Success lies in a group’s ability to evangelize a plan, socialize it throughout an organization, evolve the plan, and allow others to take the ownership needed to see it to fruition, said Danforth. “As we look at this case study, we’ll go over the details of how we made that happen, step by step.”

Danforth will also be hosting a discussion on “Delivering on Your Brand’s Promise through User Experience Design”. The roundtable will focus on how to develop on-brand user experiences across multiple platforms and how UXD as a practice can promote better brand alignment through its methodologies.

The conference is organized by J. Boye, an international, independent networking and knowledge-sharing firm with more than 250 member organizations. For more information about the conference, go to http://www.jboye.com/conferences/Philadelphia2010.

About Danforth Media
Danforth Media is a Philadelphia-based software design consultancy specializing in User Experience Design (UXD) for desktop, Web, mobile, and set top devices. Services include user-centered research and design strategy. Dorothy M. Danforth, the company’s founder and principal, has fifteen years experience with software usability design and research working with Fortune 500 and emerging technology companies. For more information, go to www.danforthmedia.com

Easy-to-Read Guide Turns User Experience Research into Practical Tool for Any Business New Book Gives Comprehensive Overview, How-To Tips

FOR IMMEDIATE RELEASE

CONTACT:

Dorothy M. Danforth
Danforth Media
215-439-8173
dorothy@danforthmedia.com

Easy-to-Read Guide Turns User Experience Research into Practical Tool for Any Business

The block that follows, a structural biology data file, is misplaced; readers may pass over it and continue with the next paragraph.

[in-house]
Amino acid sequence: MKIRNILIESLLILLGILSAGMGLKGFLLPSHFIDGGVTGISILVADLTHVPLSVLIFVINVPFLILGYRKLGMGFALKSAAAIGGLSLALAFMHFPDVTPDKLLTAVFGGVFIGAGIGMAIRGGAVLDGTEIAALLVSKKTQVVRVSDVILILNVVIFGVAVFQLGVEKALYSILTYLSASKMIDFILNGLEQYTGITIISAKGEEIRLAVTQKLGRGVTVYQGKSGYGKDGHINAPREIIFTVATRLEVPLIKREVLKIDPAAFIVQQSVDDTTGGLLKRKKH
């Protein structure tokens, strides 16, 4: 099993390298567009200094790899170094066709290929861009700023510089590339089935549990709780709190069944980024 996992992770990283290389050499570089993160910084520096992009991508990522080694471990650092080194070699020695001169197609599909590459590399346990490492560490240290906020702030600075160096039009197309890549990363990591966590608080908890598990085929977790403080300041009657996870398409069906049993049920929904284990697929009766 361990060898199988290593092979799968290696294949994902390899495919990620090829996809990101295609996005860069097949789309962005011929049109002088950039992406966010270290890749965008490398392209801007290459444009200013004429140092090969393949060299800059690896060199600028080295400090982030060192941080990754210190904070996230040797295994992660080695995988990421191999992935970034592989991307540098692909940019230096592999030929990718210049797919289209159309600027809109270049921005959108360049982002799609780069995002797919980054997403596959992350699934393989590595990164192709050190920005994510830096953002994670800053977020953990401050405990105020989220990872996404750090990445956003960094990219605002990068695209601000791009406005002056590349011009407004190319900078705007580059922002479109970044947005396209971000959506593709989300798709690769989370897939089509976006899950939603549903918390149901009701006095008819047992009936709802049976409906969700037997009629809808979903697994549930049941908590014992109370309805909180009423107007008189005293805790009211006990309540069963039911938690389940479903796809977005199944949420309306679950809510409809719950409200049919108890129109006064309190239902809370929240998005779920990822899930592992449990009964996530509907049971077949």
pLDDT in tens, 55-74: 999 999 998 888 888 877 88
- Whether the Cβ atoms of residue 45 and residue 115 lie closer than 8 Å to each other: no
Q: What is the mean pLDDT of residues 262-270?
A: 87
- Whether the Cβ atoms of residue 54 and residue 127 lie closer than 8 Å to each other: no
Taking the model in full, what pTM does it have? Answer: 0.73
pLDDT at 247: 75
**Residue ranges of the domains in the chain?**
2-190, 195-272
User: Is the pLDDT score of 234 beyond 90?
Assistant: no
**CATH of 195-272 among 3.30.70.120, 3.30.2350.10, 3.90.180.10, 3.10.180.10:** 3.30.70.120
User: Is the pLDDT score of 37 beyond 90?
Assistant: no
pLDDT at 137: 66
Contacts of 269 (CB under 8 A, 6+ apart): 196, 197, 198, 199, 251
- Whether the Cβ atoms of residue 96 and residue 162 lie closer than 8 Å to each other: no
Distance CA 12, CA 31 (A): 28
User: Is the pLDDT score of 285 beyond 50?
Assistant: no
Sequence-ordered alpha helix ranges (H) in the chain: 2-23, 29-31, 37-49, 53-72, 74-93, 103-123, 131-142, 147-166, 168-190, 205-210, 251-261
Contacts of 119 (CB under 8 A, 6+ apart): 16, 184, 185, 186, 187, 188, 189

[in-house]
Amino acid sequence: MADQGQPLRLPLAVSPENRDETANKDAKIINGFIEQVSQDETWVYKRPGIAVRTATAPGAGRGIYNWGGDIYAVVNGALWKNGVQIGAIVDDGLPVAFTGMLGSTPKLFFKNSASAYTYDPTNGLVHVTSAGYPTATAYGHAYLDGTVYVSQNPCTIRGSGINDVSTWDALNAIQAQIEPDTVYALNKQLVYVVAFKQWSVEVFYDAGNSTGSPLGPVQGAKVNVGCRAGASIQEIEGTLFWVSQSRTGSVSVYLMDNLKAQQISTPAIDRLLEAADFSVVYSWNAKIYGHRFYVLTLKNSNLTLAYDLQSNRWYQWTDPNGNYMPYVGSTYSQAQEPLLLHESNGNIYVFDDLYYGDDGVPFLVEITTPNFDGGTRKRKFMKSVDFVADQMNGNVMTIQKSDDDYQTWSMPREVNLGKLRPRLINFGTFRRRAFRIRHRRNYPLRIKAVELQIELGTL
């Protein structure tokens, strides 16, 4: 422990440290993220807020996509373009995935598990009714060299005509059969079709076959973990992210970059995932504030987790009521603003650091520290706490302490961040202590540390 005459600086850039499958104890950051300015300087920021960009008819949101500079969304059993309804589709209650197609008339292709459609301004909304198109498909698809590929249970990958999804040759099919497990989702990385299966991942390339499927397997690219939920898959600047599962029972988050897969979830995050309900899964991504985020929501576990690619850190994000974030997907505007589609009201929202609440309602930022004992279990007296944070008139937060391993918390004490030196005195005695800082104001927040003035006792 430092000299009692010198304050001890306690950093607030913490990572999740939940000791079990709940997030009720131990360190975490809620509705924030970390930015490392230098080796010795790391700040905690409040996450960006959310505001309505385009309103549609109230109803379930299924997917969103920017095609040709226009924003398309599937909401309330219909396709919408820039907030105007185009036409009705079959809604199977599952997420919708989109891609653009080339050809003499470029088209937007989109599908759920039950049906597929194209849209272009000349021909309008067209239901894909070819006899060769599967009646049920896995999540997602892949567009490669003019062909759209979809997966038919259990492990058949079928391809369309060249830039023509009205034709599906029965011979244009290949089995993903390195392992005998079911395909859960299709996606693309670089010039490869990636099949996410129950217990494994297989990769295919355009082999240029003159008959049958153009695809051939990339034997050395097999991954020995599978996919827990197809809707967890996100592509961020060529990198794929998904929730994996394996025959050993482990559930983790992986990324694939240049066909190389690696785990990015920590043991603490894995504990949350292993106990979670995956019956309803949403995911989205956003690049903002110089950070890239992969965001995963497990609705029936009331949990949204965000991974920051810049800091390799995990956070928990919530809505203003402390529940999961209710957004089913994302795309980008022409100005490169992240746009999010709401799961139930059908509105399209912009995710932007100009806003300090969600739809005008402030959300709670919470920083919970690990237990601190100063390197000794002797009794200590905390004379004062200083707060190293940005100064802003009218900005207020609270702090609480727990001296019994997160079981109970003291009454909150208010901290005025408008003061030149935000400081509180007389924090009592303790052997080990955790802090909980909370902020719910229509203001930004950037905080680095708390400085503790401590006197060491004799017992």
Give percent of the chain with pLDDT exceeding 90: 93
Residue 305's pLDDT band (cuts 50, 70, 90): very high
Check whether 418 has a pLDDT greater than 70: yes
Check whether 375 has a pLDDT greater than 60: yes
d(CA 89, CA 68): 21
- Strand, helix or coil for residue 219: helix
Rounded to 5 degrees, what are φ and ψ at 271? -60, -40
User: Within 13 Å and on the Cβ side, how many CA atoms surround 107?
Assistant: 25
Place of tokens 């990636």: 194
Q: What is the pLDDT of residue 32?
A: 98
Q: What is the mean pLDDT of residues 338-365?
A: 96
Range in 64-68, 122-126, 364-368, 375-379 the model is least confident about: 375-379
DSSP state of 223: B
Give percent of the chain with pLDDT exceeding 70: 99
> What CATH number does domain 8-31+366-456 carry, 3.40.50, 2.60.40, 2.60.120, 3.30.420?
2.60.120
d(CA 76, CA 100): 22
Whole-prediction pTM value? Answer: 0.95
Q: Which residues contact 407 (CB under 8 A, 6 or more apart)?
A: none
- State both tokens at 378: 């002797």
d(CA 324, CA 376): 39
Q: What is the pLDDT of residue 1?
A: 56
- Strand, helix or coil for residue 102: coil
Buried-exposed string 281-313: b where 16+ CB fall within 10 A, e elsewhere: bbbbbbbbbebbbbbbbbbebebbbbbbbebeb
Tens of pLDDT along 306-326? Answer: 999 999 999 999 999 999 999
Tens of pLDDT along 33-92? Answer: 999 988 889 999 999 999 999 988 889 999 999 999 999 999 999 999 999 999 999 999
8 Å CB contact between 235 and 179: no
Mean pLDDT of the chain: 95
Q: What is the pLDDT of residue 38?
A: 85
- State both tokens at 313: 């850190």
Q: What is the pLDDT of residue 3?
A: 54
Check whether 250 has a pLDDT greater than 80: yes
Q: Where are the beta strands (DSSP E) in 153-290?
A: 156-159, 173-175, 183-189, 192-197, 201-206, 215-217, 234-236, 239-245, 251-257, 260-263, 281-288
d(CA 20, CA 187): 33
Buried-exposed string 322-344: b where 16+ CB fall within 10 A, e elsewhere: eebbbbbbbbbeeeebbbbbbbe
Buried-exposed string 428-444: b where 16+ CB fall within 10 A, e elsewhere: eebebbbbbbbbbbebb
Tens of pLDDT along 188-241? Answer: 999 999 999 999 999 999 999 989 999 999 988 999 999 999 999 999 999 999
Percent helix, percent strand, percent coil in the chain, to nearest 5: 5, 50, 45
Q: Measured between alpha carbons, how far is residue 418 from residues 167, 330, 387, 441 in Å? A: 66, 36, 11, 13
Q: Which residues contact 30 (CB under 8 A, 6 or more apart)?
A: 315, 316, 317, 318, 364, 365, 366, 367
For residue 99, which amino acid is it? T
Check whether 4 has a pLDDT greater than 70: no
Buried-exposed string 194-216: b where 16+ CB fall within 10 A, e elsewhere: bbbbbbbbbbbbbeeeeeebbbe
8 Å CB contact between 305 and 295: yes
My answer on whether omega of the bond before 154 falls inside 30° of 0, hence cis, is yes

New Book Gives Comprehensive Overview, How-To Tips

PHILADELPHIA, PA, Dec. 17, 2009 – For software professionals who want to dip their toe in user experience research, Dorothy M. Danforth has produced a comprehensive, yet highly readable guide that relies on real-world examples from Fortune 500 companies to highlight key concepts and outline practical applications.

Written in plain English, User Experience Research: Stories from the Field uses examples, anecdotes, resources, and practical templates from completed and on-going research efforts to provide an easy-to-understand overview of the field and its usefulness in software design.

“Professionals can read this on a plane or in a day or so and come away with not only a foundational understanding of the methods, but also ideas, tips and tricks to help them start using these techniques in their own organizations,” said Danforth.

The easy-to-read guide provides a framework for using multiple types of insight-generating research that will reveal a more holistic and realistic view of how users will likely respond to a system. It includes an overview of the most common user experience research methods. Each overview is supplemented with context for when and how to use each method, and what insights that method might offer.

Software developers, graphic designers, information architects, product managers, and other information-technology professionals who produce, design, or develop software can purchase the eBook, published by the IEEE Computer Society, at http://www.computer.org/portal/web/readynotes.